Australia 263 and 61 for 1 lead India 262 (Axar 74, Lyon 5-67) with 62 runs
The hosts had slumped to 139 for 7, with Lyon doing most of the damage in the first two sessions, as Australia’s opening day 263 took on imposing proportions. But Axar and R Ashwin then added 114 for the eighth wicket to leave the gap just one run.
The game probably would have already gone from India, though, if it weren’t for Axar. He produced a superb innings during which some of his offside play was a highlight, particularly a flat cover against Todd Murphy, and it took a reflexive catch in the middle from Pat Cummins to finish things off when he looked to break away the departure of R Ashwin.
Ashwin had enjoyed his promotion to No.3 as a nightwatchman in Nagpur, but neither he nor Axar would look out of place higher up the order. Ashwin took the role of senior batsman seriously, constantly encouraging Axar though he didn’t seem too worried as he backed up his 84 in the first Test.
Things were very different for the first half of the day. Rohit Sharma and KL Rahul had formed a solid opening stand, but once Australia got their first innings, the game took a different turn.
Lyon made the opening cut when he trapped the under-pressure Rahul with a straight one from around the crease. He then produced a superb piece of bowling to beat Rohit with a delivery that slid onto the stumps.
Cheteshwar Pujara had been cheered at the crease in his 100th Test but was erratic throughout his short stay before being trapped for a duck by Lyon with a brave DRS call, prompted by Alex Carey, after Australia had burnt the first two reviews of her too soon with poor, speculative requests. They had used them all up to the 25th over.
This time the replays showed that the ball had hit Pujara’s front board first, broke halfway up and India were 54 for 3.
Things got better for Australia soon after when Peter Handscomb did exceptionally well to keep his composure at short leg and take a catch as it bounced off his body from a powerful drive from Shreyas Iyer. After a somewhat difficult first test, although where fortune did not favor him, Lyon had four.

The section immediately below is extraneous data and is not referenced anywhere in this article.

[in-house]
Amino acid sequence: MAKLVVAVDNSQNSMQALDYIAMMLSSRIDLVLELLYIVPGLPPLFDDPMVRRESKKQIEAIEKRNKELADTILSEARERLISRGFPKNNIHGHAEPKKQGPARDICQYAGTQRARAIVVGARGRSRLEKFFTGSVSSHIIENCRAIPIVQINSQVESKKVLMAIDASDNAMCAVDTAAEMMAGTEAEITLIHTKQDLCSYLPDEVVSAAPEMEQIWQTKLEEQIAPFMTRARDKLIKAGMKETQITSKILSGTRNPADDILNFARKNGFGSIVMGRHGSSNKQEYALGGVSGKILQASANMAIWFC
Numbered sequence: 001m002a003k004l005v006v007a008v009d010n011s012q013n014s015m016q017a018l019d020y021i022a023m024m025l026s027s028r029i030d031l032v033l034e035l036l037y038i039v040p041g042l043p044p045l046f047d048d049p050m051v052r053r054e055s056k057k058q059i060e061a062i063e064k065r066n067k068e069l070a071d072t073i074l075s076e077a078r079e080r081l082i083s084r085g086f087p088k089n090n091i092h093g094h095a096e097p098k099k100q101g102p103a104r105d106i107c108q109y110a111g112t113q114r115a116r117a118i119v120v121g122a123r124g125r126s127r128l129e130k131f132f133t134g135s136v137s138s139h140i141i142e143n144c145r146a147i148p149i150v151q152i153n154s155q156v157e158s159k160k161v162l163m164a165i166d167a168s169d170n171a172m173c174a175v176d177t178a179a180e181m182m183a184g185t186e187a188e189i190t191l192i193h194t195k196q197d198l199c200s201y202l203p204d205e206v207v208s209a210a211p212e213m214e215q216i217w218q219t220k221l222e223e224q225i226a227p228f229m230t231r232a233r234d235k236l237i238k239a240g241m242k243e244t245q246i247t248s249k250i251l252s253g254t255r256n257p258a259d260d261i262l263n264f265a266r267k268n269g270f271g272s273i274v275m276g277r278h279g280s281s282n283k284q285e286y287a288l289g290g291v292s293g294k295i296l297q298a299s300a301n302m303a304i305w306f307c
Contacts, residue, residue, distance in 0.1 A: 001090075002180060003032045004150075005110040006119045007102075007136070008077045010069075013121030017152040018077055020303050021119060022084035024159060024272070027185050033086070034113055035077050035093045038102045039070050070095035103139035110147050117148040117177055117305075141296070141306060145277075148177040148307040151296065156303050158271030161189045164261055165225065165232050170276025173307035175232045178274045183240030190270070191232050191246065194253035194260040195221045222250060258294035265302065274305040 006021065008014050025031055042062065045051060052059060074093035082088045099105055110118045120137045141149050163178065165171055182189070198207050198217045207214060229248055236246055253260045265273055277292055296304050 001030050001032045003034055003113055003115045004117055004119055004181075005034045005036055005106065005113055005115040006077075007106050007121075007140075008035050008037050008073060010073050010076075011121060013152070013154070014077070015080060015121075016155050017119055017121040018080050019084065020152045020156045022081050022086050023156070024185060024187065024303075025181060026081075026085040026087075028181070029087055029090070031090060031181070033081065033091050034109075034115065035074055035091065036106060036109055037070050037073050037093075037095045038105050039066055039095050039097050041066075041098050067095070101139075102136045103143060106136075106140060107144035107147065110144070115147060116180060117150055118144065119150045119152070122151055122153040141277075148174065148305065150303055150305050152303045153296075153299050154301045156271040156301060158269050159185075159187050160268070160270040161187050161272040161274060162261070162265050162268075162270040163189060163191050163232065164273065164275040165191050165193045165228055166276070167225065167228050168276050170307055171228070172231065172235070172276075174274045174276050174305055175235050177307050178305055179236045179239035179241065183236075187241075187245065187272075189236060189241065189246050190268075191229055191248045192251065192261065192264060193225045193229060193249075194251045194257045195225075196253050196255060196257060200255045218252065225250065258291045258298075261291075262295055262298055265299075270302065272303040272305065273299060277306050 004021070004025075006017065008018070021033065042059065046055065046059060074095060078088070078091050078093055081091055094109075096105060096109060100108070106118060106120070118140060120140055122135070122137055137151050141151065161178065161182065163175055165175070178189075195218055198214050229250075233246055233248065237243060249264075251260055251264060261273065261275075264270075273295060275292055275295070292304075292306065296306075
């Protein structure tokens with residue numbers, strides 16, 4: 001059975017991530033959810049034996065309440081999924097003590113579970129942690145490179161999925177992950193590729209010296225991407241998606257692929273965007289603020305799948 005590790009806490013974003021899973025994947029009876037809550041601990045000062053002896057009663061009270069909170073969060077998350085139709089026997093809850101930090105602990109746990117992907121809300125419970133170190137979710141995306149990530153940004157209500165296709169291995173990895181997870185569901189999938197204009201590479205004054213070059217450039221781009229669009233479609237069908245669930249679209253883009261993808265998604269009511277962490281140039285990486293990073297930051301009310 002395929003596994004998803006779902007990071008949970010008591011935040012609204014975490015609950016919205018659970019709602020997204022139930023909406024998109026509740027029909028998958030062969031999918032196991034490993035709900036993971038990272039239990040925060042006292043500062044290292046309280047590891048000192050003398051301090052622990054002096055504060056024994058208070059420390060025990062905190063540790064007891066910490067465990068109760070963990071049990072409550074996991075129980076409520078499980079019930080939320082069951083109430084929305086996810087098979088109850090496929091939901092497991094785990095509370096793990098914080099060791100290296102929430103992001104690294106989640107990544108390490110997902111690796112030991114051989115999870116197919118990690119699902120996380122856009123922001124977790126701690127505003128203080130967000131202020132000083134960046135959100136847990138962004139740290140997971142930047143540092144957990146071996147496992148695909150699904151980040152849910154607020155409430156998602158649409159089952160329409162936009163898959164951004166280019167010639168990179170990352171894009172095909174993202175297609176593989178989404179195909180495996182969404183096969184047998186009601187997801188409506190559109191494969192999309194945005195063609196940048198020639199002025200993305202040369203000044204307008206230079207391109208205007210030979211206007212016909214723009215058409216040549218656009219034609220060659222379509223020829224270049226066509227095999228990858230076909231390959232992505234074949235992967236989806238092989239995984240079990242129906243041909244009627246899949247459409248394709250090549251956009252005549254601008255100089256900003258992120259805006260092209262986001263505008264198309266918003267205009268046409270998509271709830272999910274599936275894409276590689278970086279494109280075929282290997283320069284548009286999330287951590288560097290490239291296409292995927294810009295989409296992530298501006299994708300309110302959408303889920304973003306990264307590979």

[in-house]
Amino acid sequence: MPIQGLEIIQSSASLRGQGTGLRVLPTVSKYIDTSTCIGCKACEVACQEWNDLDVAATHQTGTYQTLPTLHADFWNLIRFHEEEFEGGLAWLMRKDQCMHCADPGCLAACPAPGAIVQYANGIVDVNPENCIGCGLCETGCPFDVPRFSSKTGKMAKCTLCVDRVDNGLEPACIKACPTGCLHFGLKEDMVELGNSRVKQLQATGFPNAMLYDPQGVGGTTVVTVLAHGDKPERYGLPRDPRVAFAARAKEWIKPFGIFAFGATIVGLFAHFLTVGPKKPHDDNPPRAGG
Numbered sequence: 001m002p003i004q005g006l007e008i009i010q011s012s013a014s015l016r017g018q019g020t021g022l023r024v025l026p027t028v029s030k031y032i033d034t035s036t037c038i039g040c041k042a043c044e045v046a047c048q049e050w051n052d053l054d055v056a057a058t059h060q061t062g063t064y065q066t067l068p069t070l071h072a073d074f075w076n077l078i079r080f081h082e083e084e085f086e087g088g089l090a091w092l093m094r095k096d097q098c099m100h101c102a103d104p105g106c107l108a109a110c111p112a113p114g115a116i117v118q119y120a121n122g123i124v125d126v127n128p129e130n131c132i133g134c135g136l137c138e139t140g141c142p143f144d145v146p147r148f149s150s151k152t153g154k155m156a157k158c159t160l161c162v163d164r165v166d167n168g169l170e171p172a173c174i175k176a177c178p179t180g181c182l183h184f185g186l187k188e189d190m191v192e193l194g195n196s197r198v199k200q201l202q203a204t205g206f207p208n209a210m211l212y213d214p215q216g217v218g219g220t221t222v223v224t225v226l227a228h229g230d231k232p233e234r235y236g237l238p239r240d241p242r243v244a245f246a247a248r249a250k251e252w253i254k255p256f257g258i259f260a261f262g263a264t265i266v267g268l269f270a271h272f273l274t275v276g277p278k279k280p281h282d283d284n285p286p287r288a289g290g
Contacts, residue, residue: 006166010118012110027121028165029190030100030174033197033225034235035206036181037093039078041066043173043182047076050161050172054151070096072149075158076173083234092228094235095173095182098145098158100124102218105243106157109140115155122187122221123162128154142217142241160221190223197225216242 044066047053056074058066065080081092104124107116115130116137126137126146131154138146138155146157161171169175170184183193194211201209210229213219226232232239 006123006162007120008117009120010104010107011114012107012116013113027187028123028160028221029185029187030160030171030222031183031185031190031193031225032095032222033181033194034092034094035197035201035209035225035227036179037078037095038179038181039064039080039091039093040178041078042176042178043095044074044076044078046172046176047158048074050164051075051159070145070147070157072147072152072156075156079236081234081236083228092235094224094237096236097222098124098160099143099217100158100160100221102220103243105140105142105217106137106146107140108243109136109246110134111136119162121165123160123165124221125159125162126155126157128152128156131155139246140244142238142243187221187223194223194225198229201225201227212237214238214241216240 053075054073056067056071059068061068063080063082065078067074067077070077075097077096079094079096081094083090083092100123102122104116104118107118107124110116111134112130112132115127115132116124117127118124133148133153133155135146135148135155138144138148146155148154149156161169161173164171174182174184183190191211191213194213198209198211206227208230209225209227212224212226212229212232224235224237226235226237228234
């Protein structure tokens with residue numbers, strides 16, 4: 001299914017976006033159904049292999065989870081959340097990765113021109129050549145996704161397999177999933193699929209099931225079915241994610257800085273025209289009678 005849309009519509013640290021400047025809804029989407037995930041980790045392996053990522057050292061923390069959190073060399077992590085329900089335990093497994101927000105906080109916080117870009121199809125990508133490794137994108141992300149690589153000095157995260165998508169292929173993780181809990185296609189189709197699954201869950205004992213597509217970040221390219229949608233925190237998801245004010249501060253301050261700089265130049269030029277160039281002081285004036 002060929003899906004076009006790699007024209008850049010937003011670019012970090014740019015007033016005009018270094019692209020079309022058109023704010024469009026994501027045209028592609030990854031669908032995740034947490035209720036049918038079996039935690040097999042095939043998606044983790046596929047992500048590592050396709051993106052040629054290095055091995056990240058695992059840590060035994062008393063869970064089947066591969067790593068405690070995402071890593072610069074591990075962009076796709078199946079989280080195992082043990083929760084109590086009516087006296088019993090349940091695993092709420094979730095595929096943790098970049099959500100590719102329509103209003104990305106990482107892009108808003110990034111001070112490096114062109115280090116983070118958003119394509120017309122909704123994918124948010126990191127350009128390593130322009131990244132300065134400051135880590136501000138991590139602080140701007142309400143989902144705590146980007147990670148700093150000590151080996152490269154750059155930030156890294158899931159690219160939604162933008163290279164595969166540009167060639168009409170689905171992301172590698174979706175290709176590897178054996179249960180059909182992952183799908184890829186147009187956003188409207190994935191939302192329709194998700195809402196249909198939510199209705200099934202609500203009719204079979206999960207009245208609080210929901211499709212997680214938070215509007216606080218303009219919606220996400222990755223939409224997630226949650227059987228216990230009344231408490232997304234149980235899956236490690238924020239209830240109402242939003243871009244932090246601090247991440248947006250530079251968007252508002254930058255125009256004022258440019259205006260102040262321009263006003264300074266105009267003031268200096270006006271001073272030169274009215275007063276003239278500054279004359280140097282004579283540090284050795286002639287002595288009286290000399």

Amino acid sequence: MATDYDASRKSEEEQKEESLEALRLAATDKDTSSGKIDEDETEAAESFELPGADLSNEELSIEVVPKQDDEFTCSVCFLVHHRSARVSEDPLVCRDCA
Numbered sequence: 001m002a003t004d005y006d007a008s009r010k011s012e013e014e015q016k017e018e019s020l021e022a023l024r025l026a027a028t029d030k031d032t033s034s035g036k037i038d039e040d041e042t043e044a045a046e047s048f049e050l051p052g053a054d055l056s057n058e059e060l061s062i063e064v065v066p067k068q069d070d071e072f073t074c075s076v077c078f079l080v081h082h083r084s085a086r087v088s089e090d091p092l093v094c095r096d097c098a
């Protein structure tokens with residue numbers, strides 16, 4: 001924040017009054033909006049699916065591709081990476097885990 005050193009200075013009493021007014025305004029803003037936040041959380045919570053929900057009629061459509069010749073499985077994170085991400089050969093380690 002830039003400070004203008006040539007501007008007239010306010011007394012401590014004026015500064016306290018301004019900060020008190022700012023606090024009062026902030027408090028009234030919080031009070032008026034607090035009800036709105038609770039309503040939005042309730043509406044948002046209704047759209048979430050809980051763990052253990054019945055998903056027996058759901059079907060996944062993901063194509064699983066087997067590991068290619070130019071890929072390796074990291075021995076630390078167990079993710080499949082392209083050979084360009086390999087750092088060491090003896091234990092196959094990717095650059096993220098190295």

India then held firm for the next 20 overs as Virat Kohli, looking very secure and judging the length brilliantly, formed a solid partnership with Jadeja who played cautiously until he fell lbw to Murphy, which led to another flurry.
A key moment came when Matt Kuhnemann claimed his maiden wicket by taking an lbw boundary against Kohli. The decision, as Kohli played forward with bat and pad together, was given on the field. Kohli reviewed and it could have been seen that the impact with bat and pad was simultaneous.
However, third umpire Richard Illingworth ruled it was first board – he had no convincing evidence to dispute the on-field call – and simply cut leg stump. As Kohli watched replays in the dressing room, he was still coming to terms with it.
It was a memorable scalp for Kuhnemann, who arrived in India only a week ago, and overall a creditable debut from the left-armer.
When Lyon got KS Bharat out of a glove sweep to complete their five-wicket haul, a three-figure – and possibly decisive – lead was within reach for Australia. But India’s batting was not over.
Just before tea, Axar took on Kuhnemann, sending back-to-back fours and sixes to set up a marker, but it was the defensive confidence as much as the attacking strokes that stood out. However, it could have been fought over on 28 by Lyon if Steven Smith had been able to stay low in his stance and another difficult chance fell to Matt Renshaw at the leg of Ashwin.
Axar brought up his fifty by clipping Kuhnemann over deep midwicket for a six and smashing back-to-back boundaries against Cummins registered the century stand.
They were getting a little desperate for Australia, but the new ball finally closed the innings, though probably not entirely. Ashwin cut leg stump with a half volley to square leg where Renshaw plucked it out of mid-air and Axar could hardly believe that Cummins was able to hang on to his well-struck mid-off drive. After two innings, the teams could not be separated, but Australia made the first moves in the decisive second half.
Andrew McGlashan is deputy editor at ESPNcricinfo